So I think that if we’re talking about like joint health for life and muscle tissues for life, I think you have to incorporate and range stuff. You don’t have to do it every day. You know, maybe just doing it like, you know, once a week would, for each major joint is sufficient, you know, and then maybe once you have that training stimulus over time, maybe you only need to do it like a couple times a month.
You don’t need to do it, you know, signal that to the brain every single day. But now you know, your body’s adapted to those different positions and you’re just continuously training it periodically. It’s not a, not a big thing. It shouldn’t take too much time. But I think for longevity purposes, we have to train the full range of motion.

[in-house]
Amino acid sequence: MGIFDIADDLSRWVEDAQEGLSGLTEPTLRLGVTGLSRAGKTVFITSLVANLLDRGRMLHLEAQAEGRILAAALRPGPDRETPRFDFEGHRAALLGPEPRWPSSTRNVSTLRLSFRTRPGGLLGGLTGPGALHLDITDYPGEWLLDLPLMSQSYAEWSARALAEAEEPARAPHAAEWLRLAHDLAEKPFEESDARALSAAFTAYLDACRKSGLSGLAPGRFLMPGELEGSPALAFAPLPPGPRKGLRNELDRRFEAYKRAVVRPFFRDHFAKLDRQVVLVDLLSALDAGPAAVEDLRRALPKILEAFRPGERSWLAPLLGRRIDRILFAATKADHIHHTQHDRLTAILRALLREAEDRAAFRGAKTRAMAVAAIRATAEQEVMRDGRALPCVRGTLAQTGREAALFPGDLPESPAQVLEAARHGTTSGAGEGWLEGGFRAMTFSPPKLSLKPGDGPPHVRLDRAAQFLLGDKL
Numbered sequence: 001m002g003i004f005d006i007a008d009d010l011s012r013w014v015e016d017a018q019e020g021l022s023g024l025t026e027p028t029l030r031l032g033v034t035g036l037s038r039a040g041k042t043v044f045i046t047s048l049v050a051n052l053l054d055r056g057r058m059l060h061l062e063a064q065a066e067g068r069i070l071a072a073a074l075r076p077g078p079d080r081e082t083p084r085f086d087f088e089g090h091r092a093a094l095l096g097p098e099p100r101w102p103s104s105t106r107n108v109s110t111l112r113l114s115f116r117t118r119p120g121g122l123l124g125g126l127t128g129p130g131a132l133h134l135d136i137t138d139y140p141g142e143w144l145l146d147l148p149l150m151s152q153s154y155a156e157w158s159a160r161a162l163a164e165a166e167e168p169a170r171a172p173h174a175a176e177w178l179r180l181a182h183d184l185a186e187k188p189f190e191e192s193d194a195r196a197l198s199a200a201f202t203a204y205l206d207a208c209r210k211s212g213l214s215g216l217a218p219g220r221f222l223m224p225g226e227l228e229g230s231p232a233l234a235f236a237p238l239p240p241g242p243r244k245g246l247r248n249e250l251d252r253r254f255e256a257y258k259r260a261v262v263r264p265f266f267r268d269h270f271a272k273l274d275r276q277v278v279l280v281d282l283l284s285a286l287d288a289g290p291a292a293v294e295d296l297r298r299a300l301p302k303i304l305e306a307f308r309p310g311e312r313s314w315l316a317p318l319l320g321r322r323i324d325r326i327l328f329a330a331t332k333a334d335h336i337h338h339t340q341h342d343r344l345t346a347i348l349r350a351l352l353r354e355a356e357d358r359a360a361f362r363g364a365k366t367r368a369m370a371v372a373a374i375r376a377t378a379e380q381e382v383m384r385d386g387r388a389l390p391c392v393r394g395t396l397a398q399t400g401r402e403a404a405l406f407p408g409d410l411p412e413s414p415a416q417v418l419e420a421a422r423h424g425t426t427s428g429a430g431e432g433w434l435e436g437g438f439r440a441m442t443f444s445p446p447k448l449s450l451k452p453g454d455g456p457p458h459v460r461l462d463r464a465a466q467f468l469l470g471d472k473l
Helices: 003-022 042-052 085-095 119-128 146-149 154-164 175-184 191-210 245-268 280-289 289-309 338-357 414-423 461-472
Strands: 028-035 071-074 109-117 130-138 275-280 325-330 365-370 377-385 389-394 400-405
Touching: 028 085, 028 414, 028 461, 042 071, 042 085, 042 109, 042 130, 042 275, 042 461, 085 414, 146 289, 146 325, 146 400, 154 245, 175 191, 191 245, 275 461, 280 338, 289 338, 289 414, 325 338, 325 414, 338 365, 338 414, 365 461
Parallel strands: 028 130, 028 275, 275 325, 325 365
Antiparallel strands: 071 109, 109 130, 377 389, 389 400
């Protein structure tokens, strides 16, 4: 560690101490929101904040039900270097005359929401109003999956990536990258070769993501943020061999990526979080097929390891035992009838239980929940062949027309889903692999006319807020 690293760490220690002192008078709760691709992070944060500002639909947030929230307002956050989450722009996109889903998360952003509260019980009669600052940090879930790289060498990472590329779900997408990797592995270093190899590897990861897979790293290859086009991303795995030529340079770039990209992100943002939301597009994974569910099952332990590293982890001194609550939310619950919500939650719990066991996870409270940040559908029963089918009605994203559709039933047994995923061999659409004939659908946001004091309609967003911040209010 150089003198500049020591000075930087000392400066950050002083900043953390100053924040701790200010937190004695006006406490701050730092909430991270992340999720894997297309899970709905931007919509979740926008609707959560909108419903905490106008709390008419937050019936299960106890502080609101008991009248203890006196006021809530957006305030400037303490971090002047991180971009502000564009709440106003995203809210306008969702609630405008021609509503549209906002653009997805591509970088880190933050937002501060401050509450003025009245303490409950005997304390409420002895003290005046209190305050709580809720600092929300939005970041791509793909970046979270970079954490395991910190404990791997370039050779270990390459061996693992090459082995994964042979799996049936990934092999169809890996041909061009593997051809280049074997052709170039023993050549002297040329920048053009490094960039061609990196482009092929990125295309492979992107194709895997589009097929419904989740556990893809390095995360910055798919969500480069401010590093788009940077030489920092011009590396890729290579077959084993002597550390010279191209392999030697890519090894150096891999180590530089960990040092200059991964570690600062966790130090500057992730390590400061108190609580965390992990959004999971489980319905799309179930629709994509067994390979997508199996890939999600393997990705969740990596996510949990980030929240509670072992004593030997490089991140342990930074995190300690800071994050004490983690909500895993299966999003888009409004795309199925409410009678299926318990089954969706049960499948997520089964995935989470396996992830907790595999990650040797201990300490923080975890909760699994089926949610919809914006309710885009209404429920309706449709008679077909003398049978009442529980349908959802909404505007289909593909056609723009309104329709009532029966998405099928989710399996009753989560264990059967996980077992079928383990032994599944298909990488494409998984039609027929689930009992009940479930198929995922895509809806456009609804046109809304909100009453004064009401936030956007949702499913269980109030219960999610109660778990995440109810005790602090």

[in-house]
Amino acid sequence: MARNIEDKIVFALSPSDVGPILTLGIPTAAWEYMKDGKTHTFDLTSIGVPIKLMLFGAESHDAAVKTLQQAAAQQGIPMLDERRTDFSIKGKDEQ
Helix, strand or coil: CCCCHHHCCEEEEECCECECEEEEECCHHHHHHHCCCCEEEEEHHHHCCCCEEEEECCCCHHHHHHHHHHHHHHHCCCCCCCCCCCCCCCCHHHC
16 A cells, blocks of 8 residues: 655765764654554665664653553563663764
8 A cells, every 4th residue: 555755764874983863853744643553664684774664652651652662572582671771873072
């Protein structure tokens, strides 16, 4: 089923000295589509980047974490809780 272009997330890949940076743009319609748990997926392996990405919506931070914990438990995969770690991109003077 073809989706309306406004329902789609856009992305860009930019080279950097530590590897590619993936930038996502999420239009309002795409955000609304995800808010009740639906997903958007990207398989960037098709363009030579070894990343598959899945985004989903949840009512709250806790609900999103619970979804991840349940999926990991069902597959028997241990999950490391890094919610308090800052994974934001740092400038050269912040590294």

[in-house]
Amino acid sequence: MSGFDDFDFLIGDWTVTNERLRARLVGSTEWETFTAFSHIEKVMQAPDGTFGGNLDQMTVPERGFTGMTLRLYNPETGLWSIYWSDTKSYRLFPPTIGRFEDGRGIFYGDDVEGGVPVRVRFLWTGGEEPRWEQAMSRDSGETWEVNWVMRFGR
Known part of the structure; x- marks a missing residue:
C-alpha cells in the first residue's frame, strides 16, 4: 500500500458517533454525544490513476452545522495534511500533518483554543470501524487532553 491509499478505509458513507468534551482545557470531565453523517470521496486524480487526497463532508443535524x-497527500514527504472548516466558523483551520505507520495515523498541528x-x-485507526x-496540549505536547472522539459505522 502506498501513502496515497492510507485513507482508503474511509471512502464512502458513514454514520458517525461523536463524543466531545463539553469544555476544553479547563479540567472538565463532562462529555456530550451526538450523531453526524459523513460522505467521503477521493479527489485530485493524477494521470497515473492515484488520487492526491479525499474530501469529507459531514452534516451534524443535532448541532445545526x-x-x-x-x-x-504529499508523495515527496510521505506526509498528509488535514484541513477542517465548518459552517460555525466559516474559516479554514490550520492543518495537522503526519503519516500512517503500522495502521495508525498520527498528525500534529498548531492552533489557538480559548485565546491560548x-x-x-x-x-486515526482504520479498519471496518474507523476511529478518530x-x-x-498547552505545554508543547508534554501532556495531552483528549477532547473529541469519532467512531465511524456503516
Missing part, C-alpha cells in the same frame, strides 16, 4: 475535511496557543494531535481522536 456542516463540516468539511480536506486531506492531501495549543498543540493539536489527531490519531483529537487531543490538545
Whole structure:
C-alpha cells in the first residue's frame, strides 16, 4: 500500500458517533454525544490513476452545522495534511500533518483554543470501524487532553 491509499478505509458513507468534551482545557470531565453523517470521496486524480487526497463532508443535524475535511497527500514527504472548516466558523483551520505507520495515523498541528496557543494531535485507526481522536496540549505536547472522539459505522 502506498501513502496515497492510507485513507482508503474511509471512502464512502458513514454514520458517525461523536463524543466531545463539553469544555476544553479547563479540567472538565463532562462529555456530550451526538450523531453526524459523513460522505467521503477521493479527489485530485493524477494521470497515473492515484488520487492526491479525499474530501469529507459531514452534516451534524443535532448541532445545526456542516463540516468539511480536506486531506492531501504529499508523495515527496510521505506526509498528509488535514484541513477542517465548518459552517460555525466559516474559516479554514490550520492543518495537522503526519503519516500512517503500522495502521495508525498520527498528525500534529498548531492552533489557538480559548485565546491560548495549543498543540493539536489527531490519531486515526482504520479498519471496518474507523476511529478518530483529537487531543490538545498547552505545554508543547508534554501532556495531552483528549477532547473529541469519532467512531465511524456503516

Mike: All right. Uh, then I’m gonna open up my spreadsheet when we’re done here, and now I’m gonna work some of it in and, and I have to ask then, so we’ve talked about a couple of the joints, but what would that look like for shoulders? You mentioned elbows, if there’s anything else to say. I mean, that seems pretty simple.
Uh, any other tips for, for people who now are thinking like, I am, like, okay, uh, then I’m gonna include some of these odd exercises in my routine.
Stacie: Yeah, I would say that obviously the hips, like the hips training at end ranges is important too. So, you know, training like the groin, a lot of people have been doing Copenhagen planks, you know, that’s become kind of more popularized recently, but training copenhagen’s at end ranges too.